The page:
(STUDY FINDS) -- MELBOURNE, Australia — Depictions of sex and sexuality in the media are largely idealized and unrealistic. Real life between the sheets, on the other hand, is usually more complicated. Everyone is different, and what works for one person may not for another. Women especially are portrayed as symbols of sexuality across our culture, and according to a recent piece of research, the pressure to live up to those stereotypes is causing serious stress in many young women.
Researchers at Monash University surveyed nearly 7,000 Australian women between the ages of 18-39, and found that just over half (50.2%) routinely experience sexually-related personal distress. Another one in five report having at least one female sexual dysfunction (FSD). A few common examples of a female sexual dysfunction would be feeling pain during intercourse, or an overall lack of sexual arousal.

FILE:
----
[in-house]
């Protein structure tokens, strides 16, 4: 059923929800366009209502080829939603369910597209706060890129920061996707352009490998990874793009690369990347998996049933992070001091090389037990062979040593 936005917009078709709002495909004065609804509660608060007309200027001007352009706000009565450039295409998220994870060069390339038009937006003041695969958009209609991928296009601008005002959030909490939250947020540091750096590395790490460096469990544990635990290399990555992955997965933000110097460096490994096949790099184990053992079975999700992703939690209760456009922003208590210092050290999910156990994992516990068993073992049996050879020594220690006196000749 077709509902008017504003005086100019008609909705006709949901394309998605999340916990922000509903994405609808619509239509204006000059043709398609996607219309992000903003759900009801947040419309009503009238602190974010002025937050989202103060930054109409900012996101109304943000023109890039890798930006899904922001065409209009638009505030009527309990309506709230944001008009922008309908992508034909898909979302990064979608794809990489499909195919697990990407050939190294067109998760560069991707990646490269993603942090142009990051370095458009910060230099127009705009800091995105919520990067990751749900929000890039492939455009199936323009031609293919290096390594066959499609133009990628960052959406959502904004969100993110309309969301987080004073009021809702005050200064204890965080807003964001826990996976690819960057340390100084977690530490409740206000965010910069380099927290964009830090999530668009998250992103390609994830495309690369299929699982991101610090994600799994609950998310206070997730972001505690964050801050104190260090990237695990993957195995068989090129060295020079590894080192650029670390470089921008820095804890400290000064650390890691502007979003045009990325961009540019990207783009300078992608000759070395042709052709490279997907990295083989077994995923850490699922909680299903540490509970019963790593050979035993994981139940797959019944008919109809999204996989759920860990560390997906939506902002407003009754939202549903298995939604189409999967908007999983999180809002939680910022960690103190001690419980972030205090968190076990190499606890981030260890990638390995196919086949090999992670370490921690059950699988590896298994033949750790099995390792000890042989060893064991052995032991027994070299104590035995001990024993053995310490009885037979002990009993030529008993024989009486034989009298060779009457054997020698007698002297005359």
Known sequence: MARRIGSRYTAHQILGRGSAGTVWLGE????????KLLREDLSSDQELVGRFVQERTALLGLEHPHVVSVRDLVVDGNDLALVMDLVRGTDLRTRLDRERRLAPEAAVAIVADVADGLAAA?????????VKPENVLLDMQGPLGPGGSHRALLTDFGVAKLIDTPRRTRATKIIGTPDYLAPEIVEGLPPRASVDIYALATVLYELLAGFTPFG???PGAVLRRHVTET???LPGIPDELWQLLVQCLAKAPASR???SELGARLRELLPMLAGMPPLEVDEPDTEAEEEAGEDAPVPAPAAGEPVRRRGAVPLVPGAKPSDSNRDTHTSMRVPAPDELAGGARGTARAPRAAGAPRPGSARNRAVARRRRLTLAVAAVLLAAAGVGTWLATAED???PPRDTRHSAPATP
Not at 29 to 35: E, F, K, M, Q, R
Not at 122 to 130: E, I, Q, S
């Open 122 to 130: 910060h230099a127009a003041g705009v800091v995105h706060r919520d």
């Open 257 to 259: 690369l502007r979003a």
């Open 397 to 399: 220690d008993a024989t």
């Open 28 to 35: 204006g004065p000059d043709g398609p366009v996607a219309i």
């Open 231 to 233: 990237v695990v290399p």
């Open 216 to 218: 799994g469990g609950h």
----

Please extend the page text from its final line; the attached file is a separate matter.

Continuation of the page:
Sexually-related distress can be defined as feeling embarrassed, stressed, guilty, or unhappy with one’s sex life and sexual performance. Among the 50.2% with constant distress, 29.6% did not report a sexual dysfunction, while 20.6 reported at least one FSD.
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